June 19, 2014
Poseidon of the East (24)
This chapter describes a prominent bureaucrat as a "man so busily engaged in pilfering the public treasury he had no interest in plotting political conspiracies or leading insurrections."
And yet, at least in the short term, Shouryuu would rather appoint him a province lord. Making the best of a bad situation, a greedy rich man worries him less than a Machiavellian politician interested primarily in power.
You can "follow the money"; money can be audited, tracked, taxed. Fortunes poorly managed dissipate quickly. If Elizabeth and Darcy's children didn't pinch their pennies, Pemberley would go bankrupt by the end of the century.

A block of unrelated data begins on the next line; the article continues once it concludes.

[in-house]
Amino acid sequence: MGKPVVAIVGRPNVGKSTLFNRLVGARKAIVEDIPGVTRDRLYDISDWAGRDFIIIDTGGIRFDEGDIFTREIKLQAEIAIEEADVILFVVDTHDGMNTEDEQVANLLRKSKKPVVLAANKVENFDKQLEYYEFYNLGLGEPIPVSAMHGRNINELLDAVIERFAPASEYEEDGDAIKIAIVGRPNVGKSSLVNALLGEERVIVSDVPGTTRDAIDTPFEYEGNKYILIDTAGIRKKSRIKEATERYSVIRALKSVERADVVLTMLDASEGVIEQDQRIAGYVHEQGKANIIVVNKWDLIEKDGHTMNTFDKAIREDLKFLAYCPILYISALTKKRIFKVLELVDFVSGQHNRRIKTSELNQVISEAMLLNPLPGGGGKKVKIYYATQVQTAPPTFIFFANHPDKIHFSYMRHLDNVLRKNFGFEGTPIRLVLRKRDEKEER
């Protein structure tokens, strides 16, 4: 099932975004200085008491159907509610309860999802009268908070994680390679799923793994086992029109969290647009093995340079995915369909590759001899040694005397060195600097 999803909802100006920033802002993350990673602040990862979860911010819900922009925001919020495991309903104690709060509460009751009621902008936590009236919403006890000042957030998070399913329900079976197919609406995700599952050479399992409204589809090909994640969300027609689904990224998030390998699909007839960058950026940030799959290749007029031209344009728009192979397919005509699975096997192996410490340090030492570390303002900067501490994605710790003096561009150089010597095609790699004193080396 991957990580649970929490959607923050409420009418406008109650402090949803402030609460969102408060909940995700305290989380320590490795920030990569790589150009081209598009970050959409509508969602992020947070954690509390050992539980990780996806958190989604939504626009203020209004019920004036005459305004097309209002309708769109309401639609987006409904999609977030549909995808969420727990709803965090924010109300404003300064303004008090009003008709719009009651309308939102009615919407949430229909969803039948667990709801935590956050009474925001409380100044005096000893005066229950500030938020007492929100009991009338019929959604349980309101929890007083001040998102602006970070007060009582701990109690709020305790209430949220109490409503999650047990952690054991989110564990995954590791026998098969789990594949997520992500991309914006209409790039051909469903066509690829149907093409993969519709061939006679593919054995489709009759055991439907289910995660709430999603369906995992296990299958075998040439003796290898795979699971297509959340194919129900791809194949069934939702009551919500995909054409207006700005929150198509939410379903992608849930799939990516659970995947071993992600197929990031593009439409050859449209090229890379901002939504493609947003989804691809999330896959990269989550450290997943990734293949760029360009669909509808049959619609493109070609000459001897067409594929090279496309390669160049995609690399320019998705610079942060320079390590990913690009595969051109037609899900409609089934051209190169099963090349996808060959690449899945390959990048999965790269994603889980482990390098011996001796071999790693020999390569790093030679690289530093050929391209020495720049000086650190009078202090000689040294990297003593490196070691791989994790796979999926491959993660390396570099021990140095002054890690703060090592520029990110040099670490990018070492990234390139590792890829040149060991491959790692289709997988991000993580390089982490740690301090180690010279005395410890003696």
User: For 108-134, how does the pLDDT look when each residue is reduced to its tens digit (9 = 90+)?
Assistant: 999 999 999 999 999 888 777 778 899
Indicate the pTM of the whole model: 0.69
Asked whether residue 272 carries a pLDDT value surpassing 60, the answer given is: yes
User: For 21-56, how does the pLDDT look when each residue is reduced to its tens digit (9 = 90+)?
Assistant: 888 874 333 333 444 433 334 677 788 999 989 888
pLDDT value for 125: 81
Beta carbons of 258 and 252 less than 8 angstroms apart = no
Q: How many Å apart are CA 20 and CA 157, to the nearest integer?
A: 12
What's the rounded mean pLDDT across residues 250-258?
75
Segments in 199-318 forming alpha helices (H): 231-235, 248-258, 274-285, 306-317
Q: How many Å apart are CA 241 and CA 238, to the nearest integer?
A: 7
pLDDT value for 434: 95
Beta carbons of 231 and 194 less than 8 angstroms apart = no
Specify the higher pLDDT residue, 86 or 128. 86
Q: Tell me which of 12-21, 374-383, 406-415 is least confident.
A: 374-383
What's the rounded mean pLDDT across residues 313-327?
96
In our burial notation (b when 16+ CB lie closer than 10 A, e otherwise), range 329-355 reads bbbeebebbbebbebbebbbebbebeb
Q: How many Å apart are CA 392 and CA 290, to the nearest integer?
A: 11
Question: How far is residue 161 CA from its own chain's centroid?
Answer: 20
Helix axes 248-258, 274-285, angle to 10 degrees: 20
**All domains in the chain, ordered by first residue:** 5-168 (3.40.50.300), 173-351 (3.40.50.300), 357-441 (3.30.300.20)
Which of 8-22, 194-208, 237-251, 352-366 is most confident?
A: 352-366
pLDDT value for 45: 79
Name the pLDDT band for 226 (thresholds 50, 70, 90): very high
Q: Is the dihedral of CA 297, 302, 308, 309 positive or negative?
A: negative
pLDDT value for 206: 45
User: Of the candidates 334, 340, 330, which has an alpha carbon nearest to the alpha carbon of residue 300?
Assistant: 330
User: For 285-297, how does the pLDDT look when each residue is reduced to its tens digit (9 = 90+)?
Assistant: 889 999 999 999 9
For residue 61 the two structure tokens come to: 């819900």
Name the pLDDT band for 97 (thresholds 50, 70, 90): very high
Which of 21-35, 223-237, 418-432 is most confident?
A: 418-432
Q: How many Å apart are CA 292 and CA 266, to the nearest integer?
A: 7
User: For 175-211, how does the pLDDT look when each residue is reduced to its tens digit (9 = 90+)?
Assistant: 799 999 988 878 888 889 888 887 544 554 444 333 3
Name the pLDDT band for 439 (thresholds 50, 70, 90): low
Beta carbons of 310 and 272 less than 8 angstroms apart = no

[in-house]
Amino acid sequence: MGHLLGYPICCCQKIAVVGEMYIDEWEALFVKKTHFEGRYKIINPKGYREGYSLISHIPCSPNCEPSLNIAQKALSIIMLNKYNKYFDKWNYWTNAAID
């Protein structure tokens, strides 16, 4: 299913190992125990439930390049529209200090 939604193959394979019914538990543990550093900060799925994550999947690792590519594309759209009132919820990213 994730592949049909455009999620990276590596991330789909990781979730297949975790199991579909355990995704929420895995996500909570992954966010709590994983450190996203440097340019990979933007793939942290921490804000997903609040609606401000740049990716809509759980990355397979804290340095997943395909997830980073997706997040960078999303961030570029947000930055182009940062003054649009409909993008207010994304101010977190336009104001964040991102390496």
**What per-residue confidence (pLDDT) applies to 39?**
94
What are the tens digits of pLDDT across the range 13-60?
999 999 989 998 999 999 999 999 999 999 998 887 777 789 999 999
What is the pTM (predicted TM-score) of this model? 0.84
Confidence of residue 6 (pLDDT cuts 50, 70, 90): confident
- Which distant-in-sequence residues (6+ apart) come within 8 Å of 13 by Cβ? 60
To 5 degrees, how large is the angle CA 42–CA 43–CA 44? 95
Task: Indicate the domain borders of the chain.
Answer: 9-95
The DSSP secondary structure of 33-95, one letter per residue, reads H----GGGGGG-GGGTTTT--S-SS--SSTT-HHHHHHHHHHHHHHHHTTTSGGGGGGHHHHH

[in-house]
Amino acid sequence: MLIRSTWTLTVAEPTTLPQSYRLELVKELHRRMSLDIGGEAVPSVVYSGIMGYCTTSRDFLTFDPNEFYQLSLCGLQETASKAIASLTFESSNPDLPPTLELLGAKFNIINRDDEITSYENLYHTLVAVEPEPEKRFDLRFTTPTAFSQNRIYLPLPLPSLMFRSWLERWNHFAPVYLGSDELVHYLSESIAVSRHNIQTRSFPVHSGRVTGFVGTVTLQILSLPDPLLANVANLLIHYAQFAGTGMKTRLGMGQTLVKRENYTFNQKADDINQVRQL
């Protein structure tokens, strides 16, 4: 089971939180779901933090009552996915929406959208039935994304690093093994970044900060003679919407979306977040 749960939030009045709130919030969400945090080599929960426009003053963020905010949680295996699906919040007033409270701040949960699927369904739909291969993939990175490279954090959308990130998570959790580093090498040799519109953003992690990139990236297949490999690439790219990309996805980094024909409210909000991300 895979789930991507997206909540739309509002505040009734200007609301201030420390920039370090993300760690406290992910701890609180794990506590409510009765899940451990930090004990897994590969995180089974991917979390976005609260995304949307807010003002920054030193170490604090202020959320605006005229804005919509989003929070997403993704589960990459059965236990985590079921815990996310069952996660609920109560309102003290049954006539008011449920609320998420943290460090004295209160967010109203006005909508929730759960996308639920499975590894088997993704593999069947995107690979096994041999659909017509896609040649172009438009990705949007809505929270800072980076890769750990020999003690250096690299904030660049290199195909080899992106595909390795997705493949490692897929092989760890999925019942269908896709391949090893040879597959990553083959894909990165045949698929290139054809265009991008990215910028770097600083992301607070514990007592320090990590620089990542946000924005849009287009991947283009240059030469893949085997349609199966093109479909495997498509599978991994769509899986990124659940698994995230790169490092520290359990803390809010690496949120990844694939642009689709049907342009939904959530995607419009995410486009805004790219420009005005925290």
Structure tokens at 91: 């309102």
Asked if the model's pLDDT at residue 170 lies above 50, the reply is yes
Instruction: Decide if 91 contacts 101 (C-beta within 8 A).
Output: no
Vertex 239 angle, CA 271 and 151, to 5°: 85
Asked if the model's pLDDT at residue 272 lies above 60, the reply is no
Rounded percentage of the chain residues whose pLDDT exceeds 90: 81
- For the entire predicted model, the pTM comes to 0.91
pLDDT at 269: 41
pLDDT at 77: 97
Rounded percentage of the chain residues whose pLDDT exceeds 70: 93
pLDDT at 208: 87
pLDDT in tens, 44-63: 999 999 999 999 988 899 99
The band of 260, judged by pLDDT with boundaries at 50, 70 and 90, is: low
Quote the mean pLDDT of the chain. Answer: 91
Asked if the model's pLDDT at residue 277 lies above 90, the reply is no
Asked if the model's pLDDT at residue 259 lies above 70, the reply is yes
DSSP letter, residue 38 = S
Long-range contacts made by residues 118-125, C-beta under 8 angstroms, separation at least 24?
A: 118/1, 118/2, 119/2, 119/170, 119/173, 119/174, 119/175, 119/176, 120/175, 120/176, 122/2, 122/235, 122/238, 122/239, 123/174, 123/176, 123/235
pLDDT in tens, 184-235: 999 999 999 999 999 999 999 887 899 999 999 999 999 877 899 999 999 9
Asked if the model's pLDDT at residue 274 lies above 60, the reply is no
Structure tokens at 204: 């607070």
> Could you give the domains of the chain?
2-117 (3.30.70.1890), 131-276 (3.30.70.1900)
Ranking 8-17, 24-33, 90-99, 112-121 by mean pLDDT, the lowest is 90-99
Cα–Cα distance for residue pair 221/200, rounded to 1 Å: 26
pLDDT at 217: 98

We applaud politicians who make "deals." But the fairness of a deal made in the proverbial smoke-filled room, sealed with a handshake during a round of golf, is much harder to ascertain, if we're aware of it at all.